Several options here. Just skip to the last paragraph if you want one recommendation instead of reading about the others too!
Just restarting on reboot is easy: add it to
/etc/rc.local which Debian based distros (and many others) run after everything in the other startup scripts by default. If
god doesn't drop into the background itself you might need to att & to the ned of the command like so:
god -c config &
The above will not restart the process when it is killed though. You could write a script the infinite loops but that is messy and will cause problems when you really want it killed.
You could also create your own init script, modelled on those in
/etc/init.d (and linked into
/etc/rc.*' which will give you a more complete solution as you will have facility to stop/start the service when you need to, though this will not automatically start the service for you without some extra scripting on your part.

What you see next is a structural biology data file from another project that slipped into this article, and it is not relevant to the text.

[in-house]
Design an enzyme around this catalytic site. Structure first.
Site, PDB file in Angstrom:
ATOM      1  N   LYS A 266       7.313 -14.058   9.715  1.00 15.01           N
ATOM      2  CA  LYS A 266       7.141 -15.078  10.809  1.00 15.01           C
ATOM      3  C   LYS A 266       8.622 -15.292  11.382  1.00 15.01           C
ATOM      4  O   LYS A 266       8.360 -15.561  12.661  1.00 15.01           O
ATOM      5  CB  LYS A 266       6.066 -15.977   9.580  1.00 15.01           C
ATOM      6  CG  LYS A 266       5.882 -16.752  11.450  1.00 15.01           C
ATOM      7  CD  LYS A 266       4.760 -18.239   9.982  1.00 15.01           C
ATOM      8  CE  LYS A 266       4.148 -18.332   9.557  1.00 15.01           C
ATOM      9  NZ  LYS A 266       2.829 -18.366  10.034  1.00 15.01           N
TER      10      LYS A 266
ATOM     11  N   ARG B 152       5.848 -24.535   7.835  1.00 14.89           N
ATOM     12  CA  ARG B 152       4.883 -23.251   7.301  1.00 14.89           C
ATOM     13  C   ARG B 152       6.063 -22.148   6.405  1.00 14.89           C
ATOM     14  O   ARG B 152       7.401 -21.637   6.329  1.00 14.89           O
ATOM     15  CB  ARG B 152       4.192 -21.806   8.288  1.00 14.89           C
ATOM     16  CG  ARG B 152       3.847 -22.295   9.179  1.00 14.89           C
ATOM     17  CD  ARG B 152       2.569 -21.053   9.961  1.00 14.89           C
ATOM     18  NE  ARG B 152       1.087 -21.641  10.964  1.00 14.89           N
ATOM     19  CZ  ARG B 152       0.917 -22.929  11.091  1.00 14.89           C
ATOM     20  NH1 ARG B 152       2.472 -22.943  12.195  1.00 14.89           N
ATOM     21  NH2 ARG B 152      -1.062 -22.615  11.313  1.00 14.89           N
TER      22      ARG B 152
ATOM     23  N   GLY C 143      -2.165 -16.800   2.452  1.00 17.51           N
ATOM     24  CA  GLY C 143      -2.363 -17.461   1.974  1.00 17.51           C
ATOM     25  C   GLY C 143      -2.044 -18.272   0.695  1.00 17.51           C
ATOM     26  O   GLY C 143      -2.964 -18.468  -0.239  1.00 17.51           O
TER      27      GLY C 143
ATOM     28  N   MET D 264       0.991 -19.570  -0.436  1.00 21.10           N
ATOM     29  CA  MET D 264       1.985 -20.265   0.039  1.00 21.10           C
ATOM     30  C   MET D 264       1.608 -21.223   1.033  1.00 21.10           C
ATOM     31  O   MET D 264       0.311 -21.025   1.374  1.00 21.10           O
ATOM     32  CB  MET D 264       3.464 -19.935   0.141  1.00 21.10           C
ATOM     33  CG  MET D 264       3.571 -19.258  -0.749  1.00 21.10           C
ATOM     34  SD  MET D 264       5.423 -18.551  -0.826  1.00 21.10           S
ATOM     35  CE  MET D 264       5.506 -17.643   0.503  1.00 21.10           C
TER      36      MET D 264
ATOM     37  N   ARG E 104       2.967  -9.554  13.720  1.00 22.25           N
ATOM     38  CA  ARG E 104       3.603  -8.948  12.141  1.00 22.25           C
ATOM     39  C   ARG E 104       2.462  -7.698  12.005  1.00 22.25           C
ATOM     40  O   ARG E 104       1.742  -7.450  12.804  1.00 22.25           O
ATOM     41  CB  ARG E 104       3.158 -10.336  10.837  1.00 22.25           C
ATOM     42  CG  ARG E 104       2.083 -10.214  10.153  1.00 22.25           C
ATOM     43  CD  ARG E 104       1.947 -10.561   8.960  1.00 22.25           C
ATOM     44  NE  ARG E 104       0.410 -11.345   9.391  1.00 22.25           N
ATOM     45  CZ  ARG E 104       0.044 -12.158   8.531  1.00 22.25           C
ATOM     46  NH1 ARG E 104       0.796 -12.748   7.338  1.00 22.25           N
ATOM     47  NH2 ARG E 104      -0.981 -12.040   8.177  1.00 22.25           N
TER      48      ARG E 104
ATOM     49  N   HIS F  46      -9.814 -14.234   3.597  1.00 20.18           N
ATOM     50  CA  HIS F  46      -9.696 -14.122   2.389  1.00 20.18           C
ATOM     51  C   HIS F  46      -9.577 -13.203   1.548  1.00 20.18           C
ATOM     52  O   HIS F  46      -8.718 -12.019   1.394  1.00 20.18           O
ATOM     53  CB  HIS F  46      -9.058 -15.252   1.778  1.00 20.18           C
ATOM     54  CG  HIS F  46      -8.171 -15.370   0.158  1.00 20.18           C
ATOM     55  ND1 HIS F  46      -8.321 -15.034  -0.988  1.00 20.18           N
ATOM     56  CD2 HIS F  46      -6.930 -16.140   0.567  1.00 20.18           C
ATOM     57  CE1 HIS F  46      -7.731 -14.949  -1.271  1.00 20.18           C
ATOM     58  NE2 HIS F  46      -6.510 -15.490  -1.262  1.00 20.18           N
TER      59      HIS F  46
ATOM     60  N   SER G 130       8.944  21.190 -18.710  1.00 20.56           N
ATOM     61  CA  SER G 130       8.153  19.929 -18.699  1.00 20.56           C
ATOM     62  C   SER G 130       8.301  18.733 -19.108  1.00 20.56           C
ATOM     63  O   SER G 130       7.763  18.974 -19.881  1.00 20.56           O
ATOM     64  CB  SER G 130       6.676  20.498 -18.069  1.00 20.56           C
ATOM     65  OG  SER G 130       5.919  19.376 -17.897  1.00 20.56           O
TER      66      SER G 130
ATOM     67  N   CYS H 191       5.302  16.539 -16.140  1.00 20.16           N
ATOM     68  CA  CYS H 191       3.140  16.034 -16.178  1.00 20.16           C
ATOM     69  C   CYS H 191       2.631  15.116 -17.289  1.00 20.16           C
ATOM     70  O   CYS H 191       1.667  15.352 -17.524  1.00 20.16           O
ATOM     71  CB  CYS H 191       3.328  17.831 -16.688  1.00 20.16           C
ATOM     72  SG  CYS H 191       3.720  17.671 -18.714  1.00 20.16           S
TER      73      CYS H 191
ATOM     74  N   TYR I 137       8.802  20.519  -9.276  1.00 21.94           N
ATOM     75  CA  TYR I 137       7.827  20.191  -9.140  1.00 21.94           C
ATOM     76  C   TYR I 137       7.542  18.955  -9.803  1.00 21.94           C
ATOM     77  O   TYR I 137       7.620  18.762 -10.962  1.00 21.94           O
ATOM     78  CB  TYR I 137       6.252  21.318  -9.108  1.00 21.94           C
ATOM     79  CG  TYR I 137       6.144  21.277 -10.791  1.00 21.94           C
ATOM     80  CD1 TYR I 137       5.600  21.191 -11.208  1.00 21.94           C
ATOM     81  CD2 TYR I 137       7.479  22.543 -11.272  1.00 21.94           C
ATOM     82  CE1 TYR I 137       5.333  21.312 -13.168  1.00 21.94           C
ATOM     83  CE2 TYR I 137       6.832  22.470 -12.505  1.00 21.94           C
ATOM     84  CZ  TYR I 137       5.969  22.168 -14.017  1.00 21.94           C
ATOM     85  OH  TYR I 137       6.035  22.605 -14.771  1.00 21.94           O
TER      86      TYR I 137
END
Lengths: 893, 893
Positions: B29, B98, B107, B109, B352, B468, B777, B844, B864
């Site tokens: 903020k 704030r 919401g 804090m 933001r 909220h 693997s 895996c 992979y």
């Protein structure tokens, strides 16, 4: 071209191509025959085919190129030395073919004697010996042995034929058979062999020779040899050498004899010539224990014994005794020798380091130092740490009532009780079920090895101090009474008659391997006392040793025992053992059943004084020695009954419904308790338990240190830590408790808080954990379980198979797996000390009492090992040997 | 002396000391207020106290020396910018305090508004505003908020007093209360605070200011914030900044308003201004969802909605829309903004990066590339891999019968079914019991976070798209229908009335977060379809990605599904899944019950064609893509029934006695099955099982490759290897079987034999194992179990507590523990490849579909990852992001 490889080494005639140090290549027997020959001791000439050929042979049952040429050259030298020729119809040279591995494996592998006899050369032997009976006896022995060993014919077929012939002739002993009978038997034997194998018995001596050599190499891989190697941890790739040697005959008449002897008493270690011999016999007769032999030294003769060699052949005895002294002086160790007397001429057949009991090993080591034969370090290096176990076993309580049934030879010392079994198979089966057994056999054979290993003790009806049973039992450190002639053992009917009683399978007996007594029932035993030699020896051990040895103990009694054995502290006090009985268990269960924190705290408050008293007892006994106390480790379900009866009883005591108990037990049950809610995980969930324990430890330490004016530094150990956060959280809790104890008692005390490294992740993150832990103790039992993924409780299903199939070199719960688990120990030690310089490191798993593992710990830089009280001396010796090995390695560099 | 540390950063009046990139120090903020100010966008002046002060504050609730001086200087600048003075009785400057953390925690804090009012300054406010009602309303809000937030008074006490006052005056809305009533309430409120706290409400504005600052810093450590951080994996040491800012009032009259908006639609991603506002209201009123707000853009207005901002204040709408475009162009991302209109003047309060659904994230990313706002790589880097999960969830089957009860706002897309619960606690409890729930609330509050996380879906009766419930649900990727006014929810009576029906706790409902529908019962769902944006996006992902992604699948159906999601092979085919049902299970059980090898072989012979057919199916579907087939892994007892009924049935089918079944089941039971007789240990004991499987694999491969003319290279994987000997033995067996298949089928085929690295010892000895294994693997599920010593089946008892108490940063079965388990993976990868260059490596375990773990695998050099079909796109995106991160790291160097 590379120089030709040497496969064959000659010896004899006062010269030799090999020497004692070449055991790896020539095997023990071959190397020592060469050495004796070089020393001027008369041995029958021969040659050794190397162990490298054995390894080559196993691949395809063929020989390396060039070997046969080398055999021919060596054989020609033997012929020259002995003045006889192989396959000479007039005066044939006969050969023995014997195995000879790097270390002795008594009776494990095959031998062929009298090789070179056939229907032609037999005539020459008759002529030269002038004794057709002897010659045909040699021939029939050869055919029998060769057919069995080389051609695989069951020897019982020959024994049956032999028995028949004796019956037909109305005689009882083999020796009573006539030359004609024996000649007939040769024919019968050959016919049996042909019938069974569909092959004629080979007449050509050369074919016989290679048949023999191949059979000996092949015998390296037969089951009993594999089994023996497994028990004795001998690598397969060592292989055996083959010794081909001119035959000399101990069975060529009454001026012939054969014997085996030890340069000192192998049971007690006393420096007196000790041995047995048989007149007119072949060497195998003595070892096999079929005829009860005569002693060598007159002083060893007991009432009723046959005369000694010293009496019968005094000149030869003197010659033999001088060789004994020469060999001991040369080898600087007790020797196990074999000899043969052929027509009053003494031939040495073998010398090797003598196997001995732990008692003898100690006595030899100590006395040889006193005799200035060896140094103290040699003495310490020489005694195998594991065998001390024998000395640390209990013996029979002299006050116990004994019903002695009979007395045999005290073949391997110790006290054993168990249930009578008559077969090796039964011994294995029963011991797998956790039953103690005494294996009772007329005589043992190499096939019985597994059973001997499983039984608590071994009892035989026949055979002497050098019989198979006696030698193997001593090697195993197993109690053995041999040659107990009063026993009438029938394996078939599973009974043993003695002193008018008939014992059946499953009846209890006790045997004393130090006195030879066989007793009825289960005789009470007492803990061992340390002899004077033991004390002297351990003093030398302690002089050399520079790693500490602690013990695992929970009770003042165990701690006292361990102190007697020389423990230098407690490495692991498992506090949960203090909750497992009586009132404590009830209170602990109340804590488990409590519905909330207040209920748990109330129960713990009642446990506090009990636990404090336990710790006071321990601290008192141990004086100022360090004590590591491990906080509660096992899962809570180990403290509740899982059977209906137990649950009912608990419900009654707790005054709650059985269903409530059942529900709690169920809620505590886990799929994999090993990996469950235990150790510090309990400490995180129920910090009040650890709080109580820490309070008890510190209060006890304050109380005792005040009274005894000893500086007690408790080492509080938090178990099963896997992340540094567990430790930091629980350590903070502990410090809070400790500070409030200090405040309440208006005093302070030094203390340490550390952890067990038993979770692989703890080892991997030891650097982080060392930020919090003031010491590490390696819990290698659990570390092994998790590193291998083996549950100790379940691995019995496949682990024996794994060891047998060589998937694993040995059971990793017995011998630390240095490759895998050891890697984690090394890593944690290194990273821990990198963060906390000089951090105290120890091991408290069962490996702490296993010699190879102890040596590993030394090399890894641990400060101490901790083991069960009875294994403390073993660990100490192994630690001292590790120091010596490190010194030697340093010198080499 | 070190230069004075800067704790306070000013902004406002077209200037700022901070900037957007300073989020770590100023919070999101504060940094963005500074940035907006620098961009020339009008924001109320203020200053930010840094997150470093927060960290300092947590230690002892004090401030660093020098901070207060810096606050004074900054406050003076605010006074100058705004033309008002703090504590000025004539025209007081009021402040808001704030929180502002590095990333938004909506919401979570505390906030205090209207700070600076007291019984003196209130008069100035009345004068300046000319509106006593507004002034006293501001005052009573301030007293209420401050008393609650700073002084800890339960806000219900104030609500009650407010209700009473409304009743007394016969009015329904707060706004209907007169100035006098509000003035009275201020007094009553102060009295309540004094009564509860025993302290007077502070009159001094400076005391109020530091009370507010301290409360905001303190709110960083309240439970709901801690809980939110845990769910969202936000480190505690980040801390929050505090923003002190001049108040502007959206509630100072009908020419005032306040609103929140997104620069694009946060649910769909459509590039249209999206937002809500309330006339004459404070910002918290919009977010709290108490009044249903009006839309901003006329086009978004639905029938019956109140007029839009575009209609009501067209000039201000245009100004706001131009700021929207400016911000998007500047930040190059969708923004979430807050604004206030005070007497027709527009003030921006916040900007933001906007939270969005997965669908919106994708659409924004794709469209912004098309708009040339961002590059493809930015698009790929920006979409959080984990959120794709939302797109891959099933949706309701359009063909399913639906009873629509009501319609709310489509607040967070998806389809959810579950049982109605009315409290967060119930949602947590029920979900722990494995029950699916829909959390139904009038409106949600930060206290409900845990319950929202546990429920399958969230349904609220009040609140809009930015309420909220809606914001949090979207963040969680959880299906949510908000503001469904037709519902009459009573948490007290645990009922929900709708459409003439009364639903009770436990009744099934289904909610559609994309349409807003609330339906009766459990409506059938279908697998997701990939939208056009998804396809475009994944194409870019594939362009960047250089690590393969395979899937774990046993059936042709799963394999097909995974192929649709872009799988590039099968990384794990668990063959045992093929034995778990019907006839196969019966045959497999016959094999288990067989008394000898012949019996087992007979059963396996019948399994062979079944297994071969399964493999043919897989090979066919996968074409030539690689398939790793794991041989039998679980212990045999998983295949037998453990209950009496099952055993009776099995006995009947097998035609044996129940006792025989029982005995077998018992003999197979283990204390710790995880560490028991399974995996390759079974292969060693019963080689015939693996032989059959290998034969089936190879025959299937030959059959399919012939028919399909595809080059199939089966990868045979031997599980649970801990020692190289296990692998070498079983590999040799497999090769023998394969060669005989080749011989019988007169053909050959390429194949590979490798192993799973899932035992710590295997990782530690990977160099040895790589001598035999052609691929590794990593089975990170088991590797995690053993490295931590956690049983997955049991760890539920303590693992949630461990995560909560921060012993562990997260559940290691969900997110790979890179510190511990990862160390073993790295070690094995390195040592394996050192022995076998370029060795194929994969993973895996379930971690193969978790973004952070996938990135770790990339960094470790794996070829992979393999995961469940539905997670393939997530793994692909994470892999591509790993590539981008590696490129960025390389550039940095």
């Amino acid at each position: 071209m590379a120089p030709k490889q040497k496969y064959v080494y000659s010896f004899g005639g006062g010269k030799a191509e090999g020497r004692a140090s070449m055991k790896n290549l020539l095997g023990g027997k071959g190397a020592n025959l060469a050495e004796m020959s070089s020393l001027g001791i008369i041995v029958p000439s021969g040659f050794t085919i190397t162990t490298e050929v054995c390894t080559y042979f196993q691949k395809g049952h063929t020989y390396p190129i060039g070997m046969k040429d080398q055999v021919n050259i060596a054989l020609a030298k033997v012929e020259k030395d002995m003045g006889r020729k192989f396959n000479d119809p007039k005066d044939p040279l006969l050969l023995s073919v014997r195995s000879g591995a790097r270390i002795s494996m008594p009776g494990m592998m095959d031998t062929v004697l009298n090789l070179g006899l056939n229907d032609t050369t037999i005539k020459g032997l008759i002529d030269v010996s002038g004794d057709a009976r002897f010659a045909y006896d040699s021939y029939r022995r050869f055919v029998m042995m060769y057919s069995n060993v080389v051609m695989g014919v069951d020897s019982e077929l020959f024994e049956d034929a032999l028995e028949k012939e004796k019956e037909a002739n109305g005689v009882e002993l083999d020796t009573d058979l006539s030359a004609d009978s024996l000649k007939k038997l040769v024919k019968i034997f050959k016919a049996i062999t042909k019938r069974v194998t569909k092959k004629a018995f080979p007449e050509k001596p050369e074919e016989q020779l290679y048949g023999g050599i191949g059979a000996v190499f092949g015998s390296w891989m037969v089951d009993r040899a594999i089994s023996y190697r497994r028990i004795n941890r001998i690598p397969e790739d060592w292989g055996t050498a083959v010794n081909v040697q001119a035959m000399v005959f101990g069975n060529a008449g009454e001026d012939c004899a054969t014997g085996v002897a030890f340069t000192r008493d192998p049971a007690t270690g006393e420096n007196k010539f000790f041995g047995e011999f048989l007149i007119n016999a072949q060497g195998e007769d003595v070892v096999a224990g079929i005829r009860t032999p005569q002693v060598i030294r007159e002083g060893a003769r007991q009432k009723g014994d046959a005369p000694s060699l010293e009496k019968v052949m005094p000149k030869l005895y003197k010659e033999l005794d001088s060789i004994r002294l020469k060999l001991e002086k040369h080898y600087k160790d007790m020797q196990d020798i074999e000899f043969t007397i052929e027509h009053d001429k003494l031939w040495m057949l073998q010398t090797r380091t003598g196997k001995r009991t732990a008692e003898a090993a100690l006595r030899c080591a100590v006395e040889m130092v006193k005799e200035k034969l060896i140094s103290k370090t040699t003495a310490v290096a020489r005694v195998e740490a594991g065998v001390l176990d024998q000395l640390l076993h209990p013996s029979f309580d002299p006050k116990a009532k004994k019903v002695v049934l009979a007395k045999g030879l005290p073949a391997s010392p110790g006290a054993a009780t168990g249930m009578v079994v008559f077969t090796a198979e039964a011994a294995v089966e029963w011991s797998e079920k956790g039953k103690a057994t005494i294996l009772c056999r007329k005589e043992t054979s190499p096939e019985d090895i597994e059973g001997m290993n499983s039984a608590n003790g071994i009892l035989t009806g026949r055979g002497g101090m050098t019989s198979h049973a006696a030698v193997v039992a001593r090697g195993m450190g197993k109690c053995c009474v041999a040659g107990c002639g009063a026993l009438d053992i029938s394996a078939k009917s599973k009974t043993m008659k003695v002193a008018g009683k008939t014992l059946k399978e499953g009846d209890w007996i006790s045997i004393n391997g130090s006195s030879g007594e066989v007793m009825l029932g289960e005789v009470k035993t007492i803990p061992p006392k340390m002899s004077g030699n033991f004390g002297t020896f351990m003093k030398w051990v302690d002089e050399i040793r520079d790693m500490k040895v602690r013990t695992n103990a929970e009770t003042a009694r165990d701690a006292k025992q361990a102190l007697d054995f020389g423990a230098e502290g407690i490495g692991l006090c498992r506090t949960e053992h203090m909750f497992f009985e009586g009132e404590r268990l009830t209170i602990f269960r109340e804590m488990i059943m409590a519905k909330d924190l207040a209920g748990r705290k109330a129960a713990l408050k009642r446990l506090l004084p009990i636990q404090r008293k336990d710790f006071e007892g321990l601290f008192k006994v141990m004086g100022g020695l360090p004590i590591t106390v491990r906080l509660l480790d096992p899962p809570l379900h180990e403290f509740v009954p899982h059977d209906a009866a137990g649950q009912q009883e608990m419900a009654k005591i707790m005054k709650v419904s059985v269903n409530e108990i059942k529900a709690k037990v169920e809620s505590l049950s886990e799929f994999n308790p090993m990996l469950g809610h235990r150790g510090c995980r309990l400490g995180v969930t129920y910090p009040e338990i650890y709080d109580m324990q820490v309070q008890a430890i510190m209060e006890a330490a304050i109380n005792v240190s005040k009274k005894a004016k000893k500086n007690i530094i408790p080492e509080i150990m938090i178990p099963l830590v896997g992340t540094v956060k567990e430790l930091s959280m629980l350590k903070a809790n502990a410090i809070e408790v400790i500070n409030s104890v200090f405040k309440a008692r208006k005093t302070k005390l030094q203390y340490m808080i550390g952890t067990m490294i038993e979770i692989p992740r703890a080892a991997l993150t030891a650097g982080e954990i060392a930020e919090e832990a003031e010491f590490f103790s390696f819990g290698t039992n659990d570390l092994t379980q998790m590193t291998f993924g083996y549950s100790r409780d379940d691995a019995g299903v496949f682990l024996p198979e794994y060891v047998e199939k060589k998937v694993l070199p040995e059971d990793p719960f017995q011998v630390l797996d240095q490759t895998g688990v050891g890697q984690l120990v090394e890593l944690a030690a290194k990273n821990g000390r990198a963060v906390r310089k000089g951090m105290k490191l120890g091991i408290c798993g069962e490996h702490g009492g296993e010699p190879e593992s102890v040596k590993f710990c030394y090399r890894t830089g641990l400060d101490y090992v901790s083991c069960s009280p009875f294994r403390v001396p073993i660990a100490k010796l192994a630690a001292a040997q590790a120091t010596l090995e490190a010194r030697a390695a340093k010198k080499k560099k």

You could add it to your
init will manage the process for you, starting it on boot and restarting it if it dies. It will even stop restarting it if it dies to often in a short space of time. This is still not perfect though.
I think the generally recommended approach for what you have described is
daemontools (http://en.wikipedia.org/wiki/Daemontools) which also supports restarting the service if it dies. This is a little more work here than using an entry in
/etc/initab but you will end up with a much cleaner end product that should do everything you asked in your question.
daemontools should be found in the repositories of just about any Linux distribution.